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The finance ministry only asked for one billion dollars, the market responded by offering 2.2 billion

The finance ministry only asked for one billion dollars, the market responded by offering 2.2 billion

Last week the Ministry of Finance took a calculated risk and it scored big time. As the government’s dealer, the Bank of Namibia held a special auction for a large spread of securities, targetting to raise one billion Namibia dollar in funding, and it came very close to that mark.

A few weeks back when the Bank of Namibia first announced the so-called special auction, I was a bit skeptical like many others. First, because the amount that would eventually come on tender was so huge, unprecedented actually, and second, because the instruments were spread over such a wide maturity range.

This auction, in my mind, was the all-time litmus test for the future potential of the capital market, and I think it has proven beyond doubt that investors have a strong appetite for Namibian government securities, and that there is more liquidity available than anyone in financial services would care (or dare) to admit.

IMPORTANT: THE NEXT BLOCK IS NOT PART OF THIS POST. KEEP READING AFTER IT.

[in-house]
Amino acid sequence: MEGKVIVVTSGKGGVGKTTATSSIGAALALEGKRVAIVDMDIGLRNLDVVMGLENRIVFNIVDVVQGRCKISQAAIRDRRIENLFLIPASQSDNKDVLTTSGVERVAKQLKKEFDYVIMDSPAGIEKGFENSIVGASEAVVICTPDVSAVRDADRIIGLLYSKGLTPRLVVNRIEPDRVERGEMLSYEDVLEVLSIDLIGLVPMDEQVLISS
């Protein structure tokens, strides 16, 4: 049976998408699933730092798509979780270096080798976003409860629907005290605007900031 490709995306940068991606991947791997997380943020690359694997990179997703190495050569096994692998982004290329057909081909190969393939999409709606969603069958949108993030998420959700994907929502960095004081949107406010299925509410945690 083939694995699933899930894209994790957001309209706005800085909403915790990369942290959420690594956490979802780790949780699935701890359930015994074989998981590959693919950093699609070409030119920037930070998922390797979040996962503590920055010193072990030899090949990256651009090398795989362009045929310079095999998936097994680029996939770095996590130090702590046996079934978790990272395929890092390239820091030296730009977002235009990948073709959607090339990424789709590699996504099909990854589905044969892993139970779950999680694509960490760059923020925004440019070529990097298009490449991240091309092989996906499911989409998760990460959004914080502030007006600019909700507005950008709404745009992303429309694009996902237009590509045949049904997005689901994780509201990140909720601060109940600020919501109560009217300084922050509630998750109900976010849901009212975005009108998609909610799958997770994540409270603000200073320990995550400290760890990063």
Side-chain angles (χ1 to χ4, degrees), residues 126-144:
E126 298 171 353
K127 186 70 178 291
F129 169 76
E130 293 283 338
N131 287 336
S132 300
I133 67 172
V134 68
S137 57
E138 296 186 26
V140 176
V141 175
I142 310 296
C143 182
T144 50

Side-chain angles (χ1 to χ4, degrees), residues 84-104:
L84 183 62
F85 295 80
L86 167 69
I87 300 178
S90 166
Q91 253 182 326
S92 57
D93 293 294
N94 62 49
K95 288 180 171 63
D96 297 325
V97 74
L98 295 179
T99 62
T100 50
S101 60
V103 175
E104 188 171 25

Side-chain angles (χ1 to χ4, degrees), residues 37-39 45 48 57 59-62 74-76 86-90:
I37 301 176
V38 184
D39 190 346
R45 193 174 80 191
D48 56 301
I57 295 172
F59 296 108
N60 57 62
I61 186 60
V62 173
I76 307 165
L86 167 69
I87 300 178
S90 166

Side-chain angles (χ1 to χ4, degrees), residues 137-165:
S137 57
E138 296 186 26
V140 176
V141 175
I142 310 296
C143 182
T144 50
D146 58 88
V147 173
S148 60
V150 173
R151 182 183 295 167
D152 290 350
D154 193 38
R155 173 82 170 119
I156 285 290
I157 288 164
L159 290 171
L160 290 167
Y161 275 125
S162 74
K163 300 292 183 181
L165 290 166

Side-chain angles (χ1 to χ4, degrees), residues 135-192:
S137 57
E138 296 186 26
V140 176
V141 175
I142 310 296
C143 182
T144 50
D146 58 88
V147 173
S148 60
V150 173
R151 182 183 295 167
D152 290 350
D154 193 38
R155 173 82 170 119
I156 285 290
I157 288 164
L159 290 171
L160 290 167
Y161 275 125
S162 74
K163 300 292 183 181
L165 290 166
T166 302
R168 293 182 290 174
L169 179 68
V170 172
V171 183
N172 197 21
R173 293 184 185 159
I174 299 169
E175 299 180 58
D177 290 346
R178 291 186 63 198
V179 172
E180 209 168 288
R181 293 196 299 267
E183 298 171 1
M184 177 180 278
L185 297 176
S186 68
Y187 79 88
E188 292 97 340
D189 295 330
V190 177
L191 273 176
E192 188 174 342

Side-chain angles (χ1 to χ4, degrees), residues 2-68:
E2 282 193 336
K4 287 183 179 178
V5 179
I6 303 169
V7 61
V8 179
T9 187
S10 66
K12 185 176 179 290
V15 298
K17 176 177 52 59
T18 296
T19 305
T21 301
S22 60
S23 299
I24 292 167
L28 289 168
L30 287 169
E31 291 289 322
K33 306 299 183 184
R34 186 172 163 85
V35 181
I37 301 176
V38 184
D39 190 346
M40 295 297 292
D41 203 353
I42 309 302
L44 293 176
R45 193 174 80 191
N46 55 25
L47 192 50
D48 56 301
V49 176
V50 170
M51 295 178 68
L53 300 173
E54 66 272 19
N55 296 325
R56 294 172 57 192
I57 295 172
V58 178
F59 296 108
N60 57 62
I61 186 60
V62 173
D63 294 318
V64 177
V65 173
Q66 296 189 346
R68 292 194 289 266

The results were a mixed bag with some pointers I find weird, or at least out of line, and others confirming what I have suspected for many months.

Overall, the special auction was a thundering success. The ministry set out to raise N$1 billion, a target which I regarded as lofty and slightly leaning to the pink elephant side of the scale. Nevertheless, a cool and very substantial N$914 million entered the treasury’s account on Thursday 01 November 2018. After this, I am fairly certain, the finance minister is going to have the first relaxed Christmas in about three years.

The earlier documentation that accompanied the special auction announcement, stated that the Bank of Namibia frequently receive requests for private placements, and for participation in a limited number of more popular instruments. This is what prompted them to throw everything together in one big basket, and to make a public auction, – fully transparent, and fully guided by sound disclosure principles.